The Tor browser was supposed to be The Answer: a method of communication that the government could not read. But, Tor got most of its original funding from the Broadcasting Board of Governors (the people behind Voice of America and Radio Free Europe). For most of its existence, it has subsisted on large government contracts. Why is one part of the government, the BBG, supporting Tor, and another part of the government, the FBI, trying to shut it down? It keeps all the activists and other anti-government types in one place. Tor's credibility is certainly helped by an endorsement from Edward Snowden.

This is an excellent book. For some people, this book might be common knowledge. For the vast majority of people, this book is full of revelations about how ubiquitous surveillance has become in America. Nobody comes out clean in this book, which is highly recommended.

Tuesday, January 21, 2020

A Greek Cat

A Greek Cat, Moshe Karasso, Amazon.com Services LLC, 2019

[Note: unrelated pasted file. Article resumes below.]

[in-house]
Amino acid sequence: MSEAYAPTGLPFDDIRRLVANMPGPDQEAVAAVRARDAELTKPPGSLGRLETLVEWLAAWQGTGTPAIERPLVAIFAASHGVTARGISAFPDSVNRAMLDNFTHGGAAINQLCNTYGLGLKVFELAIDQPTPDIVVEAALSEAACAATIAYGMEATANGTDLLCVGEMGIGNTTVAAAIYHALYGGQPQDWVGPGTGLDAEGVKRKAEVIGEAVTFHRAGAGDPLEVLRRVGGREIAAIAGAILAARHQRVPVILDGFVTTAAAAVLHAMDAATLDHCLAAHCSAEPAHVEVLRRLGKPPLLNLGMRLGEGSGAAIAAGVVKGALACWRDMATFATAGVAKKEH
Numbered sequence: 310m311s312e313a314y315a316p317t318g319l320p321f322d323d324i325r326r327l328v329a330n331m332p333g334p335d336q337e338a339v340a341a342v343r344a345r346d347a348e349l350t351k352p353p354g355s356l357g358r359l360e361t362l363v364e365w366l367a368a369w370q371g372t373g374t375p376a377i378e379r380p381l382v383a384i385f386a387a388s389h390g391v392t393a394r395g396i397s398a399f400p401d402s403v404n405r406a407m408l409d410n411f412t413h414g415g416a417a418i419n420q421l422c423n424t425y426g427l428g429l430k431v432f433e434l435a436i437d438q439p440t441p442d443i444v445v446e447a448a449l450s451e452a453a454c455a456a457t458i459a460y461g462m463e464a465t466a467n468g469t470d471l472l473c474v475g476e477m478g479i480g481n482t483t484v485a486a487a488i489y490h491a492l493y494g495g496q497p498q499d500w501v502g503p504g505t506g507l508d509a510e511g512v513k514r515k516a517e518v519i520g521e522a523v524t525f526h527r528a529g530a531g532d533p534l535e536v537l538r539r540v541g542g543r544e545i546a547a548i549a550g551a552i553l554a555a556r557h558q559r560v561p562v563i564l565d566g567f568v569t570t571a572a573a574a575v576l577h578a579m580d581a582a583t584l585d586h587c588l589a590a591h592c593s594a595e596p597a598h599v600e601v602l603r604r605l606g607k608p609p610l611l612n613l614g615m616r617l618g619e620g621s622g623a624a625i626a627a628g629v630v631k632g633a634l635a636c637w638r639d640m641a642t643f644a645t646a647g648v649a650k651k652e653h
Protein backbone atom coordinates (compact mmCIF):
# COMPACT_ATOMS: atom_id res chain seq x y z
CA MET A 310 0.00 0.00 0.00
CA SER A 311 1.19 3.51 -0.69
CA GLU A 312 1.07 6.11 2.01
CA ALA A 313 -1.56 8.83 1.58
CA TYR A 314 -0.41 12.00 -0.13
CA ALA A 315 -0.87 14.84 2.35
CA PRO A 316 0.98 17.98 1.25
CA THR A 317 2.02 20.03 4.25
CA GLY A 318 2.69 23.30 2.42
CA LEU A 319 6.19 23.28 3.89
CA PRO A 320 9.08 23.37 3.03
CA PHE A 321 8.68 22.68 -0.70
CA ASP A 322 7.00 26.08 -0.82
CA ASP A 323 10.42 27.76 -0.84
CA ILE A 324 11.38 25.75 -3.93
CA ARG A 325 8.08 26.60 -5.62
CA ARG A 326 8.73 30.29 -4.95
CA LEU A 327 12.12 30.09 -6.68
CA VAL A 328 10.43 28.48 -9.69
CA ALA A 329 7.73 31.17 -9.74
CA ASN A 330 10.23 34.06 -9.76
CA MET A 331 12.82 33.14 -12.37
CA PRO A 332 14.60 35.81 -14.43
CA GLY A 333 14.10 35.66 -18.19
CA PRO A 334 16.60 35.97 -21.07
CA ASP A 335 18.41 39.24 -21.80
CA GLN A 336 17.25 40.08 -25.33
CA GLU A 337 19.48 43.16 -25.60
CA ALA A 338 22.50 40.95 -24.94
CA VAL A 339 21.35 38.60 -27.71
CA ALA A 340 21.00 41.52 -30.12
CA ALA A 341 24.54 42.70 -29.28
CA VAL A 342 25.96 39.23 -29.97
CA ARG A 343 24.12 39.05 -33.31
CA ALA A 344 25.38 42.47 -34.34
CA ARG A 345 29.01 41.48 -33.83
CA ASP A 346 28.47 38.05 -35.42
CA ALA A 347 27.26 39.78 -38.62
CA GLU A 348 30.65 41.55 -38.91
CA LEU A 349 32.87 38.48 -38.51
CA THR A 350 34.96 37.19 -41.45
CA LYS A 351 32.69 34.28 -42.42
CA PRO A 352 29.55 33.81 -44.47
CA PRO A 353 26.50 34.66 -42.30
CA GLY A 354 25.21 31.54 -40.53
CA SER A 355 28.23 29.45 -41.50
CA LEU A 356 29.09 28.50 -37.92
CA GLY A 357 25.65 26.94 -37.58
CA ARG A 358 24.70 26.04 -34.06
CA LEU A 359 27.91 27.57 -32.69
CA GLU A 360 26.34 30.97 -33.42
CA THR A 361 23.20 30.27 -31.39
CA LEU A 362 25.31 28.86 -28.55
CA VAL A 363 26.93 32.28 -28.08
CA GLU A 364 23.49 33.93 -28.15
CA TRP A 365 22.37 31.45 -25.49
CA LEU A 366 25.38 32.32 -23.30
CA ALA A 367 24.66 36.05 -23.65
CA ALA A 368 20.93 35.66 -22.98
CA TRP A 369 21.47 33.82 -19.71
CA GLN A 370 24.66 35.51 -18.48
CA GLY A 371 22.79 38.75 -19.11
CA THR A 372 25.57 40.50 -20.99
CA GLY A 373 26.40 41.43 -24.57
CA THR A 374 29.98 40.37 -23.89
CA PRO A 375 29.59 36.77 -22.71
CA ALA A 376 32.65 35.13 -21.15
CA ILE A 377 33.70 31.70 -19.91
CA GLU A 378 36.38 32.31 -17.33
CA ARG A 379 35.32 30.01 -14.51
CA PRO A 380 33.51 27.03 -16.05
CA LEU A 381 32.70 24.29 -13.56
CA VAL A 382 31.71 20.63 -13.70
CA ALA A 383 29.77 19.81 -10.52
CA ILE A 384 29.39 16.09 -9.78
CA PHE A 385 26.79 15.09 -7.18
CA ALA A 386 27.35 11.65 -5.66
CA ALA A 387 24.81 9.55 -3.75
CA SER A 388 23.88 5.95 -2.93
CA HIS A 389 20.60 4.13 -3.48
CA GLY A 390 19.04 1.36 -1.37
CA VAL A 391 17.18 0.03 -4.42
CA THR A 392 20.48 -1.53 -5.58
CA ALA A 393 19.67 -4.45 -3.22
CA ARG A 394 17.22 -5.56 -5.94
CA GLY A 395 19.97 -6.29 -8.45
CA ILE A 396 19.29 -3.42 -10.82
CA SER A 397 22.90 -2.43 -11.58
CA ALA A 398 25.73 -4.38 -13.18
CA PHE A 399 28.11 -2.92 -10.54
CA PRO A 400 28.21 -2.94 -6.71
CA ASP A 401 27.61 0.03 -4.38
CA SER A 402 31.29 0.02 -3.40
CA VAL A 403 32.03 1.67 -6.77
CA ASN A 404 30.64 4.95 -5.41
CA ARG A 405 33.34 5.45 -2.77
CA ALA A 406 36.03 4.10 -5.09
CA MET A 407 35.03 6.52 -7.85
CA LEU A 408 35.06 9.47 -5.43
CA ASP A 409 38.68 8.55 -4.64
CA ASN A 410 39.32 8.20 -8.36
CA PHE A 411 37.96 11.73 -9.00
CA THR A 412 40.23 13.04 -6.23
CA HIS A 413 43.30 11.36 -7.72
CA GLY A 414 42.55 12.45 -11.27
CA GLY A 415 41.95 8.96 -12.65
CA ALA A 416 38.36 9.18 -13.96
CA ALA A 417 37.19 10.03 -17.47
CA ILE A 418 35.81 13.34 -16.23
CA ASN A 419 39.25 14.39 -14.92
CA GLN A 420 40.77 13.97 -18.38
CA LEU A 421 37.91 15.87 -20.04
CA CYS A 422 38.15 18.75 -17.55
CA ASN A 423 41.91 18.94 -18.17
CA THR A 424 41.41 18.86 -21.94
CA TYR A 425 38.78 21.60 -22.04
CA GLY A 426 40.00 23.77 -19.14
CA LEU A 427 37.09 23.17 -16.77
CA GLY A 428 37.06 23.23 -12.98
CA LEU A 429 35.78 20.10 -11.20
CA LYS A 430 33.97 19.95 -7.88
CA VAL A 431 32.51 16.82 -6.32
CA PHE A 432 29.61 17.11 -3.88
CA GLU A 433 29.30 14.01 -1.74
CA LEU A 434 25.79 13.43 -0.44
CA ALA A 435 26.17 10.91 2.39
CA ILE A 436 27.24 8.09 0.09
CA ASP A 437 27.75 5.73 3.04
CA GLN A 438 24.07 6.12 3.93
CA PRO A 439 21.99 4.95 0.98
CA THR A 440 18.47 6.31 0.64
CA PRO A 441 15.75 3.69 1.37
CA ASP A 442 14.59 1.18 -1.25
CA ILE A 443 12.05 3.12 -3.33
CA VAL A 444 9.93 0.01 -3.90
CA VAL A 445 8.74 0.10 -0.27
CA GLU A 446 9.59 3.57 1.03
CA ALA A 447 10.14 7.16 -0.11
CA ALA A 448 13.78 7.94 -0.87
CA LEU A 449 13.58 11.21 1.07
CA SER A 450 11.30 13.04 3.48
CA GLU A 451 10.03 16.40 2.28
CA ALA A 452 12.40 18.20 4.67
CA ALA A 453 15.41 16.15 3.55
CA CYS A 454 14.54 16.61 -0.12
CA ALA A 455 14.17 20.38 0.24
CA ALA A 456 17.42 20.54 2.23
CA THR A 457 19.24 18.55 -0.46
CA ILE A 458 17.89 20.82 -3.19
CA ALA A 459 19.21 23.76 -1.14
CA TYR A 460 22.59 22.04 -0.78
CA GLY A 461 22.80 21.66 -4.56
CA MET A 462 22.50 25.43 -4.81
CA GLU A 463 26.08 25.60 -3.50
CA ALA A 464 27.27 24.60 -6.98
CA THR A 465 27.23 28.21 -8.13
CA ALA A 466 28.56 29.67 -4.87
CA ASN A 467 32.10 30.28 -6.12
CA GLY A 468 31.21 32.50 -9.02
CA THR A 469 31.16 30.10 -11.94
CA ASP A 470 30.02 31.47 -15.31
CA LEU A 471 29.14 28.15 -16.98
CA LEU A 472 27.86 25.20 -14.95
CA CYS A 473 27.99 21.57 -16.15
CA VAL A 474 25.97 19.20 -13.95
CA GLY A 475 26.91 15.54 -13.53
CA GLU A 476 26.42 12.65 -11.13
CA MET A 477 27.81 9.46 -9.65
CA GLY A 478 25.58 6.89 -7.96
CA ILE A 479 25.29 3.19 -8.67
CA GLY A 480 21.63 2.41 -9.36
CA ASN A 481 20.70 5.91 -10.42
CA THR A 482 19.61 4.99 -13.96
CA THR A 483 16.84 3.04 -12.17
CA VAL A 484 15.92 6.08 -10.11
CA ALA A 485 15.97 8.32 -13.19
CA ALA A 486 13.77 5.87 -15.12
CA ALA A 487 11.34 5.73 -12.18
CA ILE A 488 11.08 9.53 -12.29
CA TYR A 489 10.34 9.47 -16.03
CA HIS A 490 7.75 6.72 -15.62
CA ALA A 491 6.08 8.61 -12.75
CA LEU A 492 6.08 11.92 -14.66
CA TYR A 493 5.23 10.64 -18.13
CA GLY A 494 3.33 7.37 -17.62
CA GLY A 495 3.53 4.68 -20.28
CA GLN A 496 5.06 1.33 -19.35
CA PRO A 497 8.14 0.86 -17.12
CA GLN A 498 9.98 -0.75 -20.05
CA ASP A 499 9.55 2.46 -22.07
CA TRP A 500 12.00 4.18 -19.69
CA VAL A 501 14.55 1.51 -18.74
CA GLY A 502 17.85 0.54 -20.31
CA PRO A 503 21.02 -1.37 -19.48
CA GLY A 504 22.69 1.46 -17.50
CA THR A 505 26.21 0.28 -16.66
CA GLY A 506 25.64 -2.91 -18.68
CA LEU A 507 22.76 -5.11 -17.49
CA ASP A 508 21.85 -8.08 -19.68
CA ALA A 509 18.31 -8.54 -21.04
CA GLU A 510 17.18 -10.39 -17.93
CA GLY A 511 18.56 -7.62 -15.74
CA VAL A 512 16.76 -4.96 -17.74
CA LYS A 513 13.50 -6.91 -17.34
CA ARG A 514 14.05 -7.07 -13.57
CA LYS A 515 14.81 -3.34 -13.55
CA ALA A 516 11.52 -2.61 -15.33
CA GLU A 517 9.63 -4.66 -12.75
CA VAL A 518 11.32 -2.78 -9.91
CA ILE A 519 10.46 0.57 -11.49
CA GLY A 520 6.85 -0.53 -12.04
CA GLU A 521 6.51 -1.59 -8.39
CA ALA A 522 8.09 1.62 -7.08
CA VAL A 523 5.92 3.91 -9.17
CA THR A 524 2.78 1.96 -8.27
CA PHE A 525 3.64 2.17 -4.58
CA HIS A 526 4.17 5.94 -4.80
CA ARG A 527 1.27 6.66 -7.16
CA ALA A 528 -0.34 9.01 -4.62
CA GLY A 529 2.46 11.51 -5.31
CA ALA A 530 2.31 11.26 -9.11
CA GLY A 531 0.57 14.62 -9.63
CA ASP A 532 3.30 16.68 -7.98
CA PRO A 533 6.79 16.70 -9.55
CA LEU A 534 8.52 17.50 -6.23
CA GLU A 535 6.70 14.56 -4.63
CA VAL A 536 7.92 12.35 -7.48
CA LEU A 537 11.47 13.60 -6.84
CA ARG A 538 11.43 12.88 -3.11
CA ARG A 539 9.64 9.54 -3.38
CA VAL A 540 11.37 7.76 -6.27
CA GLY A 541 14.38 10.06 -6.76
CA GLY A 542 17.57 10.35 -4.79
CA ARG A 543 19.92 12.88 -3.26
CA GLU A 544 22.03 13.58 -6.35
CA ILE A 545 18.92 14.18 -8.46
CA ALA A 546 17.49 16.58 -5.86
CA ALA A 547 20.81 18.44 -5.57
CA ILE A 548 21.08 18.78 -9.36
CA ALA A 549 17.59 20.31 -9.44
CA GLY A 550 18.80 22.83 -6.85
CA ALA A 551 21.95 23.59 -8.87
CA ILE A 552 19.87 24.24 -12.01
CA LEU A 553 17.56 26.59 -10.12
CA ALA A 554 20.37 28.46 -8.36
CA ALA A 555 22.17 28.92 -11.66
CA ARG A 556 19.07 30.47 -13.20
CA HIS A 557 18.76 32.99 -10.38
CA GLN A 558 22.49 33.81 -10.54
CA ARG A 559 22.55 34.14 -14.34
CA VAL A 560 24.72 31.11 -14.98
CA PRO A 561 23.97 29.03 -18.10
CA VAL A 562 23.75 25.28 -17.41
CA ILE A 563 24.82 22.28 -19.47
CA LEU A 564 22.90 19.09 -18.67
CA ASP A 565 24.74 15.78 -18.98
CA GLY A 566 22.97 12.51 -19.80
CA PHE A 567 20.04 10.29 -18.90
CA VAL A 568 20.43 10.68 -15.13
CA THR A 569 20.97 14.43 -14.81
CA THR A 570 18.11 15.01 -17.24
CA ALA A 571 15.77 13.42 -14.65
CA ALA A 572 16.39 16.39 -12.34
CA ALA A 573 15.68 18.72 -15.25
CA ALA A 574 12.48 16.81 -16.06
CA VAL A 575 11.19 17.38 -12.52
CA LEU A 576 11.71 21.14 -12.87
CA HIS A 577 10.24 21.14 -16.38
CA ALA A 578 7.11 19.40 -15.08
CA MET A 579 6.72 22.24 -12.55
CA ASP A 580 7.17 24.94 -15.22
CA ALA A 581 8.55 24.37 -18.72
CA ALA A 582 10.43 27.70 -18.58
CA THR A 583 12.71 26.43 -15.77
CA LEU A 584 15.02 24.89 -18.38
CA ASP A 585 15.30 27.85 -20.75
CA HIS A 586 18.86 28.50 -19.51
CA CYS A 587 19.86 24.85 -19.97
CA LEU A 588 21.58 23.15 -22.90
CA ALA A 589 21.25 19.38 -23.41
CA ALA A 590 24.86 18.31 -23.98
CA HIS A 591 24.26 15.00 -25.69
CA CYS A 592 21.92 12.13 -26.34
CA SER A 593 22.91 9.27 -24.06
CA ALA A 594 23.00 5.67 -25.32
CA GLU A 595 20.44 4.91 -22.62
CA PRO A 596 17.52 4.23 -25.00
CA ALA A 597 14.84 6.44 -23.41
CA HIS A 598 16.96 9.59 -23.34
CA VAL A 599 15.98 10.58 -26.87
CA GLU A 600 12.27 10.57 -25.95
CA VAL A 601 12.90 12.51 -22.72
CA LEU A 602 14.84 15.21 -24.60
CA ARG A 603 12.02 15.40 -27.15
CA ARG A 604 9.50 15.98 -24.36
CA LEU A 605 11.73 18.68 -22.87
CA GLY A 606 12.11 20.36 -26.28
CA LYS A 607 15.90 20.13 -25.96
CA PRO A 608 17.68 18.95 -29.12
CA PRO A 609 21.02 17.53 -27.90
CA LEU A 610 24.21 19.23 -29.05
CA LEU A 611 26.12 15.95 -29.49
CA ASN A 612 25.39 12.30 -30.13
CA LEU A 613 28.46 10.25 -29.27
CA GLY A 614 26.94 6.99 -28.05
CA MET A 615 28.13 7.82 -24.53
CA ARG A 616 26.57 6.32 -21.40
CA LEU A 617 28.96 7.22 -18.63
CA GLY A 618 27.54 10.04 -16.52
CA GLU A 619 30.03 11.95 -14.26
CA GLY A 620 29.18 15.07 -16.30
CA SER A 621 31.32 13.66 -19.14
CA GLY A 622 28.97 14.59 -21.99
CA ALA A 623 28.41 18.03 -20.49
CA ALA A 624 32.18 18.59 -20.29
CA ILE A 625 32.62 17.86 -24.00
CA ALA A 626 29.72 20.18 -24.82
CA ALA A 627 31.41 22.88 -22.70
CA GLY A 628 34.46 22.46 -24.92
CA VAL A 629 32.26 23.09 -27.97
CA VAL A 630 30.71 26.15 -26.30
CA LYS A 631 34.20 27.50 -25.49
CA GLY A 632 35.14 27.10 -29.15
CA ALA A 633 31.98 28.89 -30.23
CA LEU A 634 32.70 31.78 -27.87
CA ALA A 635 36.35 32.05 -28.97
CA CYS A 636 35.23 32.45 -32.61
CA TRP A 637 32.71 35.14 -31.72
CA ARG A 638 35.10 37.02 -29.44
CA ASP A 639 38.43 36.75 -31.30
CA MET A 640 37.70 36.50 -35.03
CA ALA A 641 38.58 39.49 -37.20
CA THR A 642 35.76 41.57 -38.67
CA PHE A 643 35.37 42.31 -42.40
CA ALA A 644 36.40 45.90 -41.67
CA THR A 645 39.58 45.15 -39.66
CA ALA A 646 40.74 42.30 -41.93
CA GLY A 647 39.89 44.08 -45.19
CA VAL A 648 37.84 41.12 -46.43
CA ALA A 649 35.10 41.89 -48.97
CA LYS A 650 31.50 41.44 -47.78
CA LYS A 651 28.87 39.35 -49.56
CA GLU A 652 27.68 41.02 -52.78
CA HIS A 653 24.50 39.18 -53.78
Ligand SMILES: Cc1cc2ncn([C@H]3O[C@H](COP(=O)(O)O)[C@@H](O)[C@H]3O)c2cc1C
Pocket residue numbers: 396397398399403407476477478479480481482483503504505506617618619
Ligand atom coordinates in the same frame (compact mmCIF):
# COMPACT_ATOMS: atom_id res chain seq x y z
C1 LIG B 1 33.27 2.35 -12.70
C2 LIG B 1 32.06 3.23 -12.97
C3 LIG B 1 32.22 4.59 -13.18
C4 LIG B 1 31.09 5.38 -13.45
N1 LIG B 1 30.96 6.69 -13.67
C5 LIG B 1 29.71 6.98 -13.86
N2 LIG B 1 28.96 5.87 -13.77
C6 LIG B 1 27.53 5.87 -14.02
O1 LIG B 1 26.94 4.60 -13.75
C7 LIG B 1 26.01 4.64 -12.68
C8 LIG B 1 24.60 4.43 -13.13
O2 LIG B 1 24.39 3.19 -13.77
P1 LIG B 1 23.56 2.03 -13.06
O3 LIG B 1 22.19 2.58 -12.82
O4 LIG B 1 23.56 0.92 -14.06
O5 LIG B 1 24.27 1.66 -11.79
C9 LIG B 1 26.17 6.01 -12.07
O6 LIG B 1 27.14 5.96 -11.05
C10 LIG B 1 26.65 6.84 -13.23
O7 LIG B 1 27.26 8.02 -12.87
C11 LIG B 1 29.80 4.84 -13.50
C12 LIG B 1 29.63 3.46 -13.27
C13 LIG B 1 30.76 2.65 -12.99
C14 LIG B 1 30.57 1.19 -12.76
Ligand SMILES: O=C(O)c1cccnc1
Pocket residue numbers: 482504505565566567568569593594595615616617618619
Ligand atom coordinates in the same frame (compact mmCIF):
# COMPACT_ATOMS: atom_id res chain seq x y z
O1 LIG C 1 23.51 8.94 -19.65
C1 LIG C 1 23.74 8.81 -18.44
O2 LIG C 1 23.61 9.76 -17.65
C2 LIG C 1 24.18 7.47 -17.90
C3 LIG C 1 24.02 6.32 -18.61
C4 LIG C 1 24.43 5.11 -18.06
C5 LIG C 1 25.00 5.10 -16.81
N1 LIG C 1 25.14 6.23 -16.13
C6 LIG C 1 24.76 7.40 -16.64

This novel is about a formerly well-off, but now impoverished, Jewish family living in the Greek islands.

The novel jumps between childhood, adulthood and old age, and back again. The author grew up during the Nazi occupation of Greece. He escaped to Crete, and joined the British Army. He was welcomed because of his fluency with the language and the culture. It didn't last long; his group was eventually forced to surrender. He received special treatment by the Nazis, being taken out of the prison camp, and sent to a farm to work. It caused him great problems after the war, when he was an adult. Later in life, when he was getting on in years, an older, female neighbor really, really wanted to marry him (at that time, he was not interested in marrying anyone).

The book is full of excellent writing. The author does a very good job at recreating the sights and sounds and smells of the Greek islands. It is very much worth checking out.

Saturday, January 18, 2020

Security Risk Management Aide-Memoire

Security Risk Management Aide-Memoire, Julian Talbot, SERT Pty Ltd., 2019

Business security has always been a problem for businesses of any size. These days, it seems to be an even bigger problem. This book aims to help.